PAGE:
Cover design is essential to successful publishing — PlashMill Press
When you navigate the minefield of becoming a published author, one of the most important things to remember is this: a good, classy cover design that speaks to the content of the book is essential.
In today’s competitive retail market, good cover design must be as effective and eye-catching in all the digital or e-book formats as it is on the shelf of a conventional store. Potential readers are exposed to a book’s cover design for only a few seconds before moving on, so it must be strong enough to engage them, involve them, and lead them towards the purchase.
In other words, you need a good designer.
If you’re trying to do all of this yourself, which is a lengthy task that requires courage and commitment, then you should know that the cover design is one of the areas where self-publishers in particular — but even large publishing houses — fall down flat. Be honest with yourself: are your graphical skills at the level of someone who has trained for years and then spent many more working successfully in publications and graphic design? Is it worth the risk of your book failing, with all that you have invested in it, to save a relatively small amount of money on cover design? It seems at best a false economy.
Competition: your book is not alone on the shelf
Your book will be in direct competition with others that do benefit from investment in good cover design. It will compete alongside them for the same readers, who perhaps glance at the cover for a few seconds. If they move on, you’ve lost the sale before they even read the marketing blurb. Think about that. In terms of marketing individual books to buyers, nothing is more important than the cover.
Your book has certainly taken months, maybe even years to write. Why risk wasting all of that?
PlashMill Press considers high quality professional cover design to be one of
the most important aspects of book preparation. The most elegant typesetting and precise editing is dependent, for its impact, on people actually picking up the book and reading it.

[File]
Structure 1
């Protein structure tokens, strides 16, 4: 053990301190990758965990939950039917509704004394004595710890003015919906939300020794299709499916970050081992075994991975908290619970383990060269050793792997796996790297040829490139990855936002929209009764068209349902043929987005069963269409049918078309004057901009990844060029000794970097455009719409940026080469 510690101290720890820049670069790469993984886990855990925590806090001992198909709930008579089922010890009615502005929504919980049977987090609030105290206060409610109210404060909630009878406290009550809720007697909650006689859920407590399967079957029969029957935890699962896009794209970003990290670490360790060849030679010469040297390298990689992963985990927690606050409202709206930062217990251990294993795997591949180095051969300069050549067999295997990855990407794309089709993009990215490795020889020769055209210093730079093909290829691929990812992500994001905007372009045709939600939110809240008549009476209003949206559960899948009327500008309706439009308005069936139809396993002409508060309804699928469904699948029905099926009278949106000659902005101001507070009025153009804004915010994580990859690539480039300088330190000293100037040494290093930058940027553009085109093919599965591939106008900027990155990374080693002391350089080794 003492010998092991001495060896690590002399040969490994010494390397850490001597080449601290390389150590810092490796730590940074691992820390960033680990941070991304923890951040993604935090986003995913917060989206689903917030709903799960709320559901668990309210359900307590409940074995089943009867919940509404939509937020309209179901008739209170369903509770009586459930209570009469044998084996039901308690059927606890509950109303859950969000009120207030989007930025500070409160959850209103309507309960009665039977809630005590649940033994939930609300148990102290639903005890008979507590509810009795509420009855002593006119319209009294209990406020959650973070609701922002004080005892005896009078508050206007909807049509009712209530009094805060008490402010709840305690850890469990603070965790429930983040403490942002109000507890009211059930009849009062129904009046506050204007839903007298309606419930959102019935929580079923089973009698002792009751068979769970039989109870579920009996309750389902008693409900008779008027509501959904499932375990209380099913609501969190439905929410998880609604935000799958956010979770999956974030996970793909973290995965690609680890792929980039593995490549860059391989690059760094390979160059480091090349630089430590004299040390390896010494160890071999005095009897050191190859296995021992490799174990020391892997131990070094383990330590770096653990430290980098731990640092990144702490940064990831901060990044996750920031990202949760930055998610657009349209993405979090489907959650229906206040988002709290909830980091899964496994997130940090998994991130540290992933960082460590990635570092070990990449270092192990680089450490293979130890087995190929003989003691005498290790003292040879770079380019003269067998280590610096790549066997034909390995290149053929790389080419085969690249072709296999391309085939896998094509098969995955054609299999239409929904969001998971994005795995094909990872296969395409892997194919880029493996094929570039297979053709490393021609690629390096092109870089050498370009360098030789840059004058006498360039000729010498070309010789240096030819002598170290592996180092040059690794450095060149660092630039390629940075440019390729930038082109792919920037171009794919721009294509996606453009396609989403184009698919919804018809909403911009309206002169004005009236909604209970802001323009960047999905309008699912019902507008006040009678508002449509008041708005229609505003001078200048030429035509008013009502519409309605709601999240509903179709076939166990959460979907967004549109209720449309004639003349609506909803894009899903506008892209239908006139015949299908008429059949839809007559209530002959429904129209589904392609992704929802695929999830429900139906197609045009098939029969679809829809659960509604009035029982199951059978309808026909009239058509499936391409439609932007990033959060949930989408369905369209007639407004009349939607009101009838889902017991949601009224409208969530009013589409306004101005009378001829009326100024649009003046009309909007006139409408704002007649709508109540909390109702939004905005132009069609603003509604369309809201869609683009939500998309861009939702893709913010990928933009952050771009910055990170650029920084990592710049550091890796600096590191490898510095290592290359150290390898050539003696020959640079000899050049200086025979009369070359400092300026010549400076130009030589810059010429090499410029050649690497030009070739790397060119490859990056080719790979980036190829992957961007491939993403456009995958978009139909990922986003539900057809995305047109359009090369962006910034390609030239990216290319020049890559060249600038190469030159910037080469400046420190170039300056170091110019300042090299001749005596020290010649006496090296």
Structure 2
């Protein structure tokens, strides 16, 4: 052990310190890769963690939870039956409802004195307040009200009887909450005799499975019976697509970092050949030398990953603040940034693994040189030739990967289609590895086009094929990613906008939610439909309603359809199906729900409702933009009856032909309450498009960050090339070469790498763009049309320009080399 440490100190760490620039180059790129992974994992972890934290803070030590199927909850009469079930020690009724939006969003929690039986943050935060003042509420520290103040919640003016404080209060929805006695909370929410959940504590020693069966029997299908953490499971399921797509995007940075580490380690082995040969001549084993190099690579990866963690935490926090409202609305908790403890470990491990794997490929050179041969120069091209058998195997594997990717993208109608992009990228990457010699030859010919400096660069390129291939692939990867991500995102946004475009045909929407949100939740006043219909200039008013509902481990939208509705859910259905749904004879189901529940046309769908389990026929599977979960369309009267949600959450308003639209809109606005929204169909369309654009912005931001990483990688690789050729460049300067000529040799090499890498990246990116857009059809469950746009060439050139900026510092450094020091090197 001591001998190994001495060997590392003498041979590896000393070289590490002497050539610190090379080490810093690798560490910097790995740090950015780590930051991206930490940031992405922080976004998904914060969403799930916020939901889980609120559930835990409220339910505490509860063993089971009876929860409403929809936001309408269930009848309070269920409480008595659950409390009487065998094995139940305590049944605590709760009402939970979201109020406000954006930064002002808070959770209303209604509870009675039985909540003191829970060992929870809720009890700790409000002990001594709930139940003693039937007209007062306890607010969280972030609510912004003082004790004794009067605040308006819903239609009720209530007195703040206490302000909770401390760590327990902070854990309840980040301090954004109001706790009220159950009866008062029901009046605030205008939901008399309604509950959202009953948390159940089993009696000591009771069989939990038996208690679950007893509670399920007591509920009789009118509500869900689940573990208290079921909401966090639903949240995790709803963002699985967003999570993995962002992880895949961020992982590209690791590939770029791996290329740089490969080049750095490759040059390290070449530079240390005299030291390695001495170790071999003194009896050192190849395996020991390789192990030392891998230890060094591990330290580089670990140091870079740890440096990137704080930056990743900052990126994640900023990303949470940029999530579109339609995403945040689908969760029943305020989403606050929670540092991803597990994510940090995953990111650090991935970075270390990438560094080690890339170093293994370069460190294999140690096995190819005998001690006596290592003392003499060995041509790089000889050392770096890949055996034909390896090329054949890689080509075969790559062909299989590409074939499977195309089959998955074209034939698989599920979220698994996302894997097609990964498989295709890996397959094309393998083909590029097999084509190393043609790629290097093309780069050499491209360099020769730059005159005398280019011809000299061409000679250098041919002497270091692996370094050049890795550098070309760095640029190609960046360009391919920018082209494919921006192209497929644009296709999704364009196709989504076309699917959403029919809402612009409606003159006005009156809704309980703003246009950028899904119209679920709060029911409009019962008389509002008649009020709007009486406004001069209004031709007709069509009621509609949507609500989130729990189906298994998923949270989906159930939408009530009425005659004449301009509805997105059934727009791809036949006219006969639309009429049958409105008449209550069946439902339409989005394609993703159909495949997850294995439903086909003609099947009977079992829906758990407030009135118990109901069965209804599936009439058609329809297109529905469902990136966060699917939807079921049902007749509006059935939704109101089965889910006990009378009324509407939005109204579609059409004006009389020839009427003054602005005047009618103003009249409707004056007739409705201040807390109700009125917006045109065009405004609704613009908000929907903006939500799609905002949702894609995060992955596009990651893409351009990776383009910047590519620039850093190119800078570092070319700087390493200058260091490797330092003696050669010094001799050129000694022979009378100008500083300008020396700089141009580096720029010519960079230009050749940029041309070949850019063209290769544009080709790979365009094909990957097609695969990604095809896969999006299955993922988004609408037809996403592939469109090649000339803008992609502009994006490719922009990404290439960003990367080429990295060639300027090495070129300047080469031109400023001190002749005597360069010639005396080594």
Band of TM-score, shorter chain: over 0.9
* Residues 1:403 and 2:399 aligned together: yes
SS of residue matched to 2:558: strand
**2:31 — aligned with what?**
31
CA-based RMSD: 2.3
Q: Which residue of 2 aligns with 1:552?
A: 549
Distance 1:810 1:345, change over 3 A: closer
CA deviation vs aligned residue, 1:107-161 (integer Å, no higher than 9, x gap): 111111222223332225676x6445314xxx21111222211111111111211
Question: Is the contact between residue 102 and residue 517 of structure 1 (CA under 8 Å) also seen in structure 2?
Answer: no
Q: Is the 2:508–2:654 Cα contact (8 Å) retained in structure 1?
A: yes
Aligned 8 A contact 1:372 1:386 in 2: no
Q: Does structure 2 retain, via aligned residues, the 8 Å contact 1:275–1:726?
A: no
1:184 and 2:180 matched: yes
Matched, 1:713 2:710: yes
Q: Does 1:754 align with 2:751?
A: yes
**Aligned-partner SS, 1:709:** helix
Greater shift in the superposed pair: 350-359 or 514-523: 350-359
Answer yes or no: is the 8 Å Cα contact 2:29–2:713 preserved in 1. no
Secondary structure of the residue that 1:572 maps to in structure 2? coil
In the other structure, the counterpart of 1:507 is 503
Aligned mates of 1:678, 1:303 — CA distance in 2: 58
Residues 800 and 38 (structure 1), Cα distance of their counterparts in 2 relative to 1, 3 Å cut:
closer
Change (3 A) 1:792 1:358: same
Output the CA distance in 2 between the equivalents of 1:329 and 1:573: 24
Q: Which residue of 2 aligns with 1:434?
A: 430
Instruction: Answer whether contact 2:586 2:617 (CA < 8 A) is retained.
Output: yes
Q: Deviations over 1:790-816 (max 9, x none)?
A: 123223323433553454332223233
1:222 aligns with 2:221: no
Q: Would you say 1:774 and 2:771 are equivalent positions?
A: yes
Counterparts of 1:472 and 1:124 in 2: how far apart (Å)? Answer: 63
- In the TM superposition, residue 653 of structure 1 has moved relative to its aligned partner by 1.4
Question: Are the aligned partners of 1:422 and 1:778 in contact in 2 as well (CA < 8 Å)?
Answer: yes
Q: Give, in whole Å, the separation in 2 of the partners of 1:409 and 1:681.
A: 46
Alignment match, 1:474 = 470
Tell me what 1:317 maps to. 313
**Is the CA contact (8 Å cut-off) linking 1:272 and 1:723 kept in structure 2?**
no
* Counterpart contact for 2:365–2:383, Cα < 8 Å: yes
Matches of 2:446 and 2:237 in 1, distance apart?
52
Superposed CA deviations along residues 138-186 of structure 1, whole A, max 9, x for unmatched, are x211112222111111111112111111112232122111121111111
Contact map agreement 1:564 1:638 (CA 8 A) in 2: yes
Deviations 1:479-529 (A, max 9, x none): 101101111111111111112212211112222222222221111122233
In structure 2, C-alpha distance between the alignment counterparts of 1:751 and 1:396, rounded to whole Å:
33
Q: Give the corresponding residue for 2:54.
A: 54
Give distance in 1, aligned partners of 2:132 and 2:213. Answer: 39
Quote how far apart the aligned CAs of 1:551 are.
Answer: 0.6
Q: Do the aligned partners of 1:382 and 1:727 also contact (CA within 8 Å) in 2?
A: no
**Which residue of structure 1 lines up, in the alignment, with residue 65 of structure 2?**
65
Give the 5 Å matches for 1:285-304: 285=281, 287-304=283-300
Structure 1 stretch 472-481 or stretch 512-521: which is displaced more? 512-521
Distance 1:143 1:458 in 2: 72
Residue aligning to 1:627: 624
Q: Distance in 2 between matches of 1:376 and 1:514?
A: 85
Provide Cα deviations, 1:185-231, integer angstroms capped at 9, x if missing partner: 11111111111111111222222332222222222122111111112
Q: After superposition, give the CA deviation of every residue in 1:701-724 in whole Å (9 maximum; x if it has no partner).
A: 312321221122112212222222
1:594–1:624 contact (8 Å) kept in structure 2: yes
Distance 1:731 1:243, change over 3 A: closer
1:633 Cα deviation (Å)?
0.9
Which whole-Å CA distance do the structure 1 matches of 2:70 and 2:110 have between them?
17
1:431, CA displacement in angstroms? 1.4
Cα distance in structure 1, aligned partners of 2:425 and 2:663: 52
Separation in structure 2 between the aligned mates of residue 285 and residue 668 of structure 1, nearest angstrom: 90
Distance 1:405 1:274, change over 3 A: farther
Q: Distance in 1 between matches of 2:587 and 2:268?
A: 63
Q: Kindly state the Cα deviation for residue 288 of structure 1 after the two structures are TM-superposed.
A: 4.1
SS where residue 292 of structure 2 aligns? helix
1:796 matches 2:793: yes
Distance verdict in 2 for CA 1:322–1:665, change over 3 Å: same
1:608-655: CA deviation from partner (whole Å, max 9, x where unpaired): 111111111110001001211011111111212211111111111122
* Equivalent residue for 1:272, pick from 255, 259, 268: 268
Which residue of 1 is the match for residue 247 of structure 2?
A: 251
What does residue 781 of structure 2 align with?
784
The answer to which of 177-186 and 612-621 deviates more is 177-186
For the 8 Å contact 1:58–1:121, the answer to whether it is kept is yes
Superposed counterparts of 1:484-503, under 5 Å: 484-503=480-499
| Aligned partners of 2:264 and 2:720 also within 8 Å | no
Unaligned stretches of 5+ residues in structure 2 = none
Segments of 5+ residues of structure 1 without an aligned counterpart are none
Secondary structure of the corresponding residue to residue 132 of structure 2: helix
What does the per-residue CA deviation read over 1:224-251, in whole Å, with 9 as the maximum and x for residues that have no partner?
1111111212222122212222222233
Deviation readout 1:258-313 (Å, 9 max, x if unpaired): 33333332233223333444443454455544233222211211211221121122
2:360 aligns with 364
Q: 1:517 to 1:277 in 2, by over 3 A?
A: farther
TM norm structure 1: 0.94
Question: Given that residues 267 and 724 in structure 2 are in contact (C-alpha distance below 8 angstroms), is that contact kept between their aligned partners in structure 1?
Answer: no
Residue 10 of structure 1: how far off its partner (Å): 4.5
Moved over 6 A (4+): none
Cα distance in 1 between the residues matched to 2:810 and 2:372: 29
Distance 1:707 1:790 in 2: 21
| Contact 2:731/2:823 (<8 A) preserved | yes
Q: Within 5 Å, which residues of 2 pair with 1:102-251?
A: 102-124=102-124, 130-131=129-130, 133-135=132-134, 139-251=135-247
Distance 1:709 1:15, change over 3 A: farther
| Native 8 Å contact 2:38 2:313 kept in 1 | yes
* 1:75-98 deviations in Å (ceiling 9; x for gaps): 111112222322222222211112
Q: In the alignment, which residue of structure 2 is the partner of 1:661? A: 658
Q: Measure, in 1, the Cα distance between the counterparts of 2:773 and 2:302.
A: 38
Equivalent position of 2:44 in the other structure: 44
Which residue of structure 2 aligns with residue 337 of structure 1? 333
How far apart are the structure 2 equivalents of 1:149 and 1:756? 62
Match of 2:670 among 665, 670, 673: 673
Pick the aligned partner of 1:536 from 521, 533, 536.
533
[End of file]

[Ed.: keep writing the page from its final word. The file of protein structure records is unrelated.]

We work with authors and marketers to improve cover design
When we design a cover, we take into account the content and target market of the book itself. We discuss the best approach to take to cover design in the broader context of marketing. What’s the target market? Is geography important? What’s the subject area? What other interests are potential buyer likely to have, that we might exploit in our design?
When we are working on a series of books we male sure that there is strong visual consistency in terms of colours, palettes, typography, typefaces and imagery. Sometimes we use purchased images and sometimes those that authors themselves can supply. We strongly encourage authors of memoirs, or of factual books, to supply as many relevant pictures as they can. (Specifications available on request.) Often, however, we will commission or execute photography ourselves.
Cover design, like everything we do, is a matter of consultation and cooperation with authors. We do reserve the right to a final say but we always listen to authors’ input. One humorous example was when an author, whose book was otherwise acceptable, tried to insist that, prominent in the cover design, should be an image of a naked couple running hand in hand along a beach. We rather felt we had to decline!
Authors and retailers like our designs
Humour aside, such eventualities are rare however. In nearly all cases, our designs are liked by authors and reviewers. They also gain strong approval from retailers as well as buyers. Retailers are always the bellwether of success in terms of customer approval; after all, they have the job of selling books to as many individuals as possible. Buyers only think in terms of their own preferences while retailers see the broader picture of trend appeal.
We have always had a reputation for powerful cover designs. This post shows you some of our successful designs from the last ten years. Naturally, we put as much care into all our covers as we did into these.
If you have any queries, please contact us using the form at the foot of this page. All queries are confidential.
Covers for Rod Fleming
Poaching the River
The Warm Pink Jelly Express Train
The Spring Run
French Onion Soup!
Why Men Made God
A Kiss for Christmas
The Children of Aldebaran
Croutons and Cheese!
A Little Shop of Horrors
The Tobacconist, Jennifer Dalmaine
A Boy’s Own Offshore Adventure, Brian Page
A Boy’s Own Oily Adventure, Brian Page
Silver Threads, Tom Ralston
It Began With A Letter, Liz Strachan
A Boy’s Own Mining Adventure, Brian Page
Dubs — How The Oil Came North, John C Milne
A Boy’s Own Wartime Adventure, Brian Page
Bodies Politic, David Wishart
The Trip, Vin Byrne
Dummies, Tom Keenan
Jean Winter-Main, Dan Hood
Originally published at PlashMill Press.